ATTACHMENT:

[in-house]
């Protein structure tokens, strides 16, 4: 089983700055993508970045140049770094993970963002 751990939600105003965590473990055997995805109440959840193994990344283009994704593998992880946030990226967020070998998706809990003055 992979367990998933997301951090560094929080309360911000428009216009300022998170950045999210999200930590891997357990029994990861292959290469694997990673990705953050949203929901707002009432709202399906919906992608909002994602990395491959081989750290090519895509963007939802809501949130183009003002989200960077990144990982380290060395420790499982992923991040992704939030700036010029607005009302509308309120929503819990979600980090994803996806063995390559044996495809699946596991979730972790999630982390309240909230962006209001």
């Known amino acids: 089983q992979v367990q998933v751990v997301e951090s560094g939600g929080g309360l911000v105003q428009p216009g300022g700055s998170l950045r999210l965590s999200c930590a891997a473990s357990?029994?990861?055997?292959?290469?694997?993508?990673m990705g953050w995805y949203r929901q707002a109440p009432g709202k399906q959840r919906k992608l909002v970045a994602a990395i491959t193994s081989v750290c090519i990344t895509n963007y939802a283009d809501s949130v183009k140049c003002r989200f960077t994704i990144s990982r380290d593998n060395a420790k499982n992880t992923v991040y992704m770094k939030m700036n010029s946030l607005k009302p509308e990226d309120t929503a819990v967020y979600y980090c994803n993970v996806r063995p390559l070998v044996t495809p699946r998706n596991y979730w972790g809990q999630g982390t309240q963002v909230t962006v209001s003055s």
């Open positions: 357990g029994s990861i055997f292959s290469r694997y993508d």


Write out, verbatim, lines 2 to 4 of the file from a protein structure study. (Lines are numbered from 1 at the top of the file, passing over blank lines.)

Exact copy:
């Protein structure tokens, strides 16, 4: 089983700055993508970045140049770094993970963002 751990939600105003965590473990055997995805109440959840193994990344283009994704593998992880946030990226967020070998998706809990003055 992979367990998933997301951090560094929080309360911000428009216009300022998170950045999210999200930590891997357990029994990861292959290469694997990673990705953050949203929901707002009432709202399906919906992608909002994602990395491959081989750290090519895509963007939802809501949130183009003002989200960077990144990982380290060395420790499982992923991040992704939030700036010029607005009302509308309120929503819990979600980090994803996806063995390559044996495809699946596991979730972790999630982390309240909230962006209001």
């Known amino acids: 089983q992979v367990q998933v751990v997301e951090s560094g939600g929080g309360l911000v105003q428009p216009g300022g700055s998170l950045r999210l965590s999200c930590a891997a473990s357990?029994?990861?055997?292959?290469?694997?993508?990673m990705g953050w995805y949203r929901q707002a109440p009432g709202k399906q959840r919906k992608l909002v970045a994602a990395i491959t193994s081989v750290c090519i990344t895509n963007y939802a283009d809501s949130v183009k140049c003002r989200f960077t994704i990144s990982r380290d593998n060395a420790k499982n992880t992923v991040y992704m770094k939030m700036n010029s946030l607005k009302p509308e990226d309120t929503a819990v967020y979600y980090c994803n993970v996806r063995p390559l070998v044996t495809p699946r998706n596991y979730w972790g809990q999630g982390t309240q963002v909230t962006v209001s003055s």
């Open positions: 357990g029994s990861i055997f292959s290469r694997y993508d």